She who shares her story of…
I saw the signs!
My story is one that needs to be shared to help others understand what they should do when they see the signs. You might get to the end of my story and think that it was bleeding obvious what was going to be the outcome, but…you have to go through it yourself to understand how yes, you can SEE the signs, but to ACT on those signs is a different matter.
I work in the mining industry and have a technical profession that is very dominated by men. I live in a remote mining town where my family are all close by. I have just bought my first home and I have managed to find myself a partner my mother thinks to be a good catch. I am pretty happy….
…except that I hate where I work!
I have always wanted to be a technical professional in the mining industry and I see myself progressing to a Shift Boss and maybe into an Operations Manager role in the future. That’s a long way yet, but I think that is possible. In our business, I am one of two people who do the same role on a swing roster. The other has different genitalia than me – he clearly has the right bits! I am given the more senior and challenging aspects to complete in our technical role, I am thrown the bigger and more complex projects, and I am given more to do than he does. Oh…and I am paid $30K less than him!
In addition to my current role, I have requested to have development and exposure to be able to work towards completing my mine manager’s ticket. Something you can’t get anywhere near operational management without in NSW. My manager has given me an outright “no” and that I also won’t see any other advancement because my cross shift is well ahead of me in being considered for that growth. I have raised my concerns with HR. They didn’t really have an answer – in fact, I don’t know they actually listened. I did, however, get offered to move to another position after I raised my concern on a less desirable roster, doing less desirable things, and having a less desirable pathway to operational management.
I should have known. I saw the signs! Let me take you back some time…
I got to the site for my interview early. I was very eager. I had the name of the guy I was being interviewed by, but I couldn’t find him on the directory of the gate to call. I just pushed the reception number and that took a bit to organise and by the time he called over the intercom I heard a rather cranky voice say, “What? Girls are too stupid to be able to read directions?” He then buzzed me in. When I got up to the office, he walked in the room and said something he found amusing about how he was troubled on whether he should shake my hand or kiss my check hello, “I mean, do girls shake hands?” My interview was not much better from there. The poor young HR guy was trying to make things better as we went. I walked out of that interview never expecting to hear from them again. But…I did! I got the job offer. I was so excited because it was the role I had worked hard to achieve. My first day brought me back to reality on why I was appointed when I saw my manager towards the end of my first day on site and he said “well, you just helped me make my gender quota – I hope you can help me get my production quota too sweetheart.”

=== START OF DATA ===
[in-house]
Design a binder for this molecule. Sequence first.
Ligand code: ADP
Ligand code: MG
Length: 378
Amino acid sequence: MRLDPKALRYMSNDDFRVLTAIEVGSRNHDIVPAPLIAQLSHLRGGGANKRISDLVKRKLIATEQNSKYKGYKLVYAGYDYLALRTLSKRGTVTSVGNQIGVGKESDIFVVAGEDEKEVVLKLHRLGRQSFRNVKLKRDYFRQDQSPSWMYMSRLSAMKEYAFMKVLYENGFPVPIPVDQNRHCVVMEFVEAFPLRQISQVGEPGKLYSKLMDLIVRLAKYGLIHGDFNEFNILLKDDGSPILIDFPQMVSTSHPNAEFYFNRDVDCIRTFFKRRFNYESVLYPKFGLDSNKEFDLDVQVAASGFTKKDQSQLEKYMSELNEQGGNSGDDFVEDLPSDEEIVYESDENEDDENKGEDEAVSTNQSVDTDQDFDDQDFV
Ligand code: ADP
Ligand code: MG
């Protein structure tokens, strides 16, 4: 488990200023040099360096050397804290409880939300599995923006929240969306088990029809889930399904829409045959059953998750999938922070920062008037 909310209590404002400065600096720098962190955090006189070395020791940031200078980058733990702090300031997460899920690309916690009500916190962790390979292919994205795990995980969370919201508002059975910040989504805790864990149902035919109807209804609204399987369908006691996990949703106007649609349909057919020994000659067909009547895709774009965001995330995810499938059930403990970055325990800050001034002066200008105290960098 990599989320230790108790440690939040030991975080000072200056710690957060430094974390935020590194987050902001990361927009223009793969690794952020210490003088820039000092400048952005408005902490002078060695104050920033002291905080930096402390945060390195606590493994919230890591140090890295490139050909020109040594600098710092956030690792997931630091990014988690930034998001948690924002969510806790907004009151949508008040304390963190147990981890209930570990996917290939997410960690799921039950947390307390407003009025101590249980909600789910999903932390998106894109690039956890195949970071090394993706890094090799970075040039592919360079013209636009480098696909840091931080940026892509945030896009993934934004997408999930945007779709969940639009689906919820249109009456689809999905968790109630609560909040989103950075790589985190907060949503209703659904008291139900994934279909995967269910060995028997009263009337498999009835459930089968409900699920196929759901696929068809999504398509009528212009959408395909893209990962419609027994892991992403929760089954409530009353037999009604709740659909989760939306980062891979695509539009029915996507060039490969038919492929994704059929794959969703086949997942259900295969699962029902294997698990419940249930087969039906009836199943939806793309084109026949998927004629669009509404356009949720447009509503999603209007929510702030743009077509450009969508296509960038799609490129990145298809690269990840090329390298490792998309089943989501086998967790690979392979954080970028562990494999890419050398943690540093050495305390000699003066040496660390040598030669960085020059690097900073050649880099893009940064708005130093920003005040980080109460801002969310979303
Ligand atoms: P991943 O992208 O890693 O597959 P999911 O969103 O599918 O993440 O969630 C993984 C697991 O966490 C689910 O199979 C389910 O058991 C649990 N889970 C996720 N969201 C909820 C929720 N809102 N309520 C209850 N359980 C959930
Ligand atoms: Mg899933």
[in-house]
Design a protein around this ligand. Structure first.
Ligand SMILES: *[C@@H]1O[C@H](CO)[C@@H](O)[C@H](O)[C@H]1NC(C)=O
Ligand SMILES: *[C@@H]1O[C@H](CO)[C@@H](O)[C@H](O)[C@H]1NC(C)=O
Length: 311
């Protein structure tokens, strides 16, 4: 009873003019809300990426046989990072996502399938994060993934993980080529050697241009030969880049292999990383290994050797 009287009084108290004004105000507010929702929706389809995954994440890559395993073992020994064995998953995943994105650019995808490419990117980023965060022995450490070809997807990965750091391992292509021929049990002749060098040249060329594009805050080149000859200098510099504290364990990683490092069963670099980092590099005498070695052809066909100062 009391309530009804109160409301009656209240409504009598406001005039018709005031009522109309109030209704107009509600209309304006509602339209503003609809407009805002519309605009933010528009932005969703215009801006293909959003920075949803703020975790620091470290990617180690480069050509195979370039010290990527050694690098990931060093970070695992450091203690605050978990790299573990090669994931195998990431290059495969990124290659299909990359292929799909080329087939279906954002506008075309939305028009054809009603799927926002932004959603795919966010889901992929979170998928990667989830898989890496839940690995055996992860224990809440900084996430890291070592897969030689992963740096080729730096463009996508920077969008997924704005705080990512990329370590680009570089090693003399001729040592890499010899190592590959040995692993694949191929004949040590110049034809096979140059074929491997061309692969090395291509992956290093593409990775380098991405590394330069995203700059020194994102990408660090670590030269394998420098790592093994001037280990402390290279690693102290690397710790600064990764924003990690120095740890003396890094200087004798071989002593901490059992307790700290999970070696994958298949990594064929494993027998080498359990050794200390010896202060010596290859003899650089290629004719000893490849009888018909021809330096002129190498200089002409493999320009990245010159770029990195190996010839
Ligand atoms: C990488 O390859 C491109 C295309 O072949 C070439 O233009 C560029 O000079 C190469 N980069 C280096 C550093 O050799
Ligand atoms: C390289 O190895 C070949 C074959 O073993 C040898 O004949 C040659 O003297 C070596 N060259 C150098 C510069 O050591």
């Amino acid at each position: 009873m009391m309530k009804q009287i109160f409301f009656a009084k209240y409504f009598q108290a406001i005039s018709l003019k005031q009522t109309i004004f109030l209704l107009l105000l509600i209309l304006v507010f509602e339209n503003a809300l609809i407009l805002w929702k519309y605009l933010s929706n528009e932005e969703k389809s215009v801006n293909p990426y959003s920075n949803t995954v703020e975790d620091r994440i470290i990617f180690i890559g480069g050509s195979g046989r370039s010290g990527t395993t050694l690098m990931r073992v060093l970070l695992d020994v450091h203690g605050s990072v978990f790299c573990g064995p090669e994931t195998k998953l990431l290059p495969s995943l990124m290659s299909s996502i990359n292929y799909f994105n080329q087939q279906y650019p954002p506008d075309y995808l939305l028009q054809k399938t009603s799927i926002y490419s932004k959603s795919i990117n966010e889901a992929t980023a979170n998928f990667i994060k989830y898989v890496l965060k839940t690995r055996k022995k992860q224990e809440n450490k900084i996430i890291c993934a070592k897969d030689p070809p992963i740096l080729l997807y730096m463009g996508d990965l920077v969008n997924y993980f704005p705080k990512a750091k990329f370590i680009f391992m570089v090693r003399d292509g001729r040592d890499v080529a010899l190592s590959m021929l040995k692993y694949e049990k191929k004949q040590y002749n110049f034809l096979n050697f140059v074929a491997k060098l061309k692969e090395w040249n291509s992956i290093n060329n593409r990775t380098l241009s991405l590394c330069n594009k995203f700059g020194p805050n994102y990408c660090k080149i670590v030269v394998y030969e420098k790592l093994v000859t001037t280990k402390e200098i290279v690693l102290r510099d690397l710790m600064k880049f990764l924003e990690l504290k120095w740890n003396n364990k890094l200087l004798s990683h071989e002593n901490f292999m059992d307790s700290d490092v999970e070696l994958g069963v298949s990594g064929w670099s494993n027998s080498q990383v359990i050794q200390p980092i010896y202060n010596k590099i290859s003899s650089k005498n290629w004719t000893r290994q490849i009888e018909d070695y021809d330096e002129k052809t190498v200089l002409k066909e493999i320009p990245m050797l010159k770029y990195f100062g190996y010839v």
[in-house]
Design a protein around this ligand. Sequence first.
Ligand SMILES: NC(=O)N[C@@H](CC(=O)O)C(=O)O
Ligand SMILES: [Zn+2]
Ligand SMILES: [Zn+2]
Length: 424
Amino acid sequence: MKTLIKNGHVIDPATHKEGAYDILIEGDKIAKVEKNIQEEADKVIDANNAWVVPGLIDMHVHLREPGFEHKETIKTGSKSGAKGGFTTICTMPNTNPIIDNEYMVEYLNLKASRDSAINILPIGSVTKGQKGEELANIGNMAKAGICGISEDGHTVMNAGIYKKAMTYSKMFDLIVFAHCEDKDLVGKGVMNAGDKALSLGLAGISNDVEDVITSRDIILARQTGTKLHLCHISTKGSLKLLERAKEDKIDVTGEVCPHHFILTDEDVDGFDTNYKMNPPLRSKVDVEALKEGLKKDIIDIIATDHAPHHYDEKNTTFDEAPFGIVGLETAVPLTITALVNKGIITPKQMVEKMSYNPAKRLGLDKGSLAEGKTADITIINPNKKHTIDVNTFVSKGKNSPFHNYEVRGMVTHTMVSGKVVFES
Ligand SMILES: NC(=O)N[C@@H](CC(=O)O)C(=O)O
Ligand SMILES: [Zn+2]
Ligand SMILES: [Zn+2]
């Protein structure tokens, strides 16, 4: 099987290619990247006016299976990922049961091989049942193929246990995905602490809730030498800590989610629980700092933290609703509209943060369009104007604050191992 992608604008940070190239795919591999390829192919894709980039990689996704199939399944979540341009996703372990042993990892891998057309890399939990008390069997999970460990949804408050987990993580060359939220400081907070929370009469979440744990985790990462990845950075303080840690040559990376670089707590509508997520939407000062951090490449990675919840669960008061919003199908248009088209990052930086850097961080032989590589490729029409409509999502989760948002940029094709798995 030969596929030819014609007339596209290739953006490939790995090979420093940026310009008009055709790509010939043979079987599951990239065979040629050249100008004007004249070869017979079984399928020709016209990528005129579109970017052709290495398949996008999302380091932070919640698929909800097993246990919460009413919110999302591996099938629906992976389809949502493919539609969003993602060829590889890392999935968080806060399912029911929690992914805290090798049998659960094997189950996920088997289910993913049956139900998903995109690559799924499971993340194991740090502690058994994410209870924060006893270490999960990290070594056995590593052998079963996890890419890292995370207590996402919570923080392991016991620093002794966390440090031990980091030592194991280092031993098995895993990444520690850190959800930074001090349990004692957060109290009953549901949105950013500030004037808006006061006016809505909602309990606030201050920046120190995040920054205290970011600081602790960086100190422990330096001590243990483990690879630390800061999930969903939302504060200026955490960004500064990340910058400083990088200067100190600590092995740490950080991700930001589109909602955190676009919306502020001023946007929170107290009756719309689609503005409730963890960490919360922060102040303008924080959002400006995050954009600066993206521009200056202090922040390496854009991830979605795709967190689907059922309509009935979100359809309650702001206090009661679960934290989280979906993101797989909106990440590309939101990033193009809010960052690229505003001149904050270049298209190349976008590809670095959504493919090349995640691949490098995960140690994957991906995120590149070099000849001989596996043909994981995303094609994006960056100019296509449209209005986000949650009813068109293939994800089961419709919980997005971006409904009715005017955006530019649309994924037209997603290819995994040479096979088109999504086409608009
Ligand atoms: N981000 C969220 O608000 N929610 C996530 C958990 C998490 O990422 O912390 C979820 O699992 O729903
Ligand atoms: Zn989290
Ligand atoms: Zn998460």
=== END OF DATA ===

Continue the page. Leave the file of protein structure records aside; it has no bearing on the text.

In Australia, the underrepresentation of women in industries considered to be ‘male-dominated’, continues to affect gender equality, industry performance and our nation’s economy. To achieve substantive gender equality and the resulting economic benefits, Australia needs to increase the representation of women and to strengthen the pipeline of female talent within all industries, including those that are currently male-dominated.
Quotas can be a demonstrably effective way to reach its diversity and equality goals, but not everybody believes quotas are the answer. Some believe that quotas can speed up the social change that we need in our industries and that mandated targets force organisations to look past their biases to identify those women to give them the same appointment, development and promotion opportunities that have been offered to their male counterparts.
While others believe that quotas artificially imposed from above can breed resentment among those who disagree with the premise and they believe that societal change on the issue of gender inequality should come from the bottom up; from parents and teachers rather than from politicians and HR functions. Arguably, they do little to change the biases and attitudes that led to gender inequality in the first place.
The Call to Action
Lead from the top with leaders supporting the clearly articulated vision for gender diversity across the organisation, with a specific focus on increasing the representation of women in non-traditional roles.
Implement policies to change workplace culture to be more inclusive. Change behaviours and attitudes about roles women can do by challenging assumptions and stereotypes about male-dominated roles and workplaces.
Ensure pay equity at all levels of the organisation and ensure this is regularly monitored through a transparent audit process. Set targets to ensure women are participating equally in on-the-job development including special projects and senior ‘acting’ opportunities.
If you are going to work towards achieving gender quotas, be committed to the intent behind them and talk through with your Manager any resentment that may stop you from being able to genuinely support these quotas. They are just numbers on a page if you don’t let everyone in your team bring their authentic self to work, or if you have conscious or unconscious biases creep in to how you lead your team.